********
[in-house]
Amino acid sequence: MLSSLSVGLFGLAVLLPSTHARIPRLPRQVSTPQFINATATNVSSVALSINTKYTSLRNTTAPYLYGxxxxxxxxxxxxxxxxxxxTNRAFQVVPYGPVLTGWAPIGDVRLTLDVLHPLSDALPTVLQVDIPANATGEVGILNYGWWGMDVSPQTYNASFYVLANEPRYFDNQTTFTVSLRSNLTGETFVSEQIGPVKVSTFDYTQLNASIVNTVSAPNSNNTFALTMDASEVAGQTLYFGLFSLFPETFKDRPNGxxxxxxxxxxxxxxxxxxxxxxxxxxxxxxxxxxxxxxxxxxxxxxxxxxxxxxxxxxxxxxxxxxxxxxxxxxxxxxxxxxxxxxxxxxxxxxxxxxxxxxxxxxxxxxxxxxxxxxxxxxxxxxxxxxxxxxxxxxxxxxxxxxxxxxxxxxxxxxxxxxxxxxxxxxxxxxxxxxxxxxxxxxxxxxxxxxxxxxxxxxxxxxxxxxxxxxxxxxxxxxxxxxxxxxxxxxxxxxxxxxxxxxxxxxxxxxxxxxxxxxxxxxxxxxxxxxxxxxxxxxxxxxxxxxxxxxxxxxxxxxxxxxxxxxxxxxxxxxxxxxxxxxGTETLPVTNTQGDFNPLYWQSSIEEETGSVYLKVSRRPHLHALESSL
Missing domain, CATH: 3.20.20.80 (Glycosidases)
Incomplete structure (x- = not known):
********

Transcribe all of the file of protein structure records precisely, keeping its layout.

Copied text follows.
[in-house]
Amino acid sequence: MLSSLSVGLFGLAVLLPSTHARIPRLPRQVSTPQFINATATNVSSVALSINTKYTSLRNTTAPYLYGxxxxxxxxxxxxxxxxxxxTNRAFQVVPYGPVLTGWAPIGDVRLTLDVLHPLSDALPTVLQVDIPANATGEVGILNYGWWGMDVSPQTYNASFYVLANEPRYFDNQTTFTVSLRSNLTGETFVSEQIGPVKVSTFDYTQLNASIVNTVSAPNSNNTFALTMDASEVAGQTLYFGLFSLFPETFKDRPNGxxxxxxxxxxxxxxxxxxxxxxxxxxxxxxxxxxxxxxxxxxxxxxxxxxxxxxxxxxxxxxxxxxxxxxxxxxxxxxxxxxxxxxxxxxxxxxxxxxxxxxxxxxxxxxxxxxxxxxxxxxxxxxxxxxxxxxxxxxxxxxxxxxxxxxxxxxxxxxxxxxxxxxxxxxxxxxxxxxxxxxxxxxxxxxxxxxxxxxxxxxxxxxxxxxxxxxxxxxxxxxxxxxxxxxxxxxxxxxxxxxxxxxxxxxxxxxxxxxxxxxxxxxxxxxxxxxxxxxxxxxxxxxxxxxxxxxxxxxxxxxxxxxxxxxxxxxxxxxxxxxxxxxGTETLPVTNTQGDFNPLYWQSSIEEETGSVYLKVSRRPHLHALESSL
Missing domain, CATH: 3.20.20.80 (Glycosidases)
Incomplete structure (x- = not known):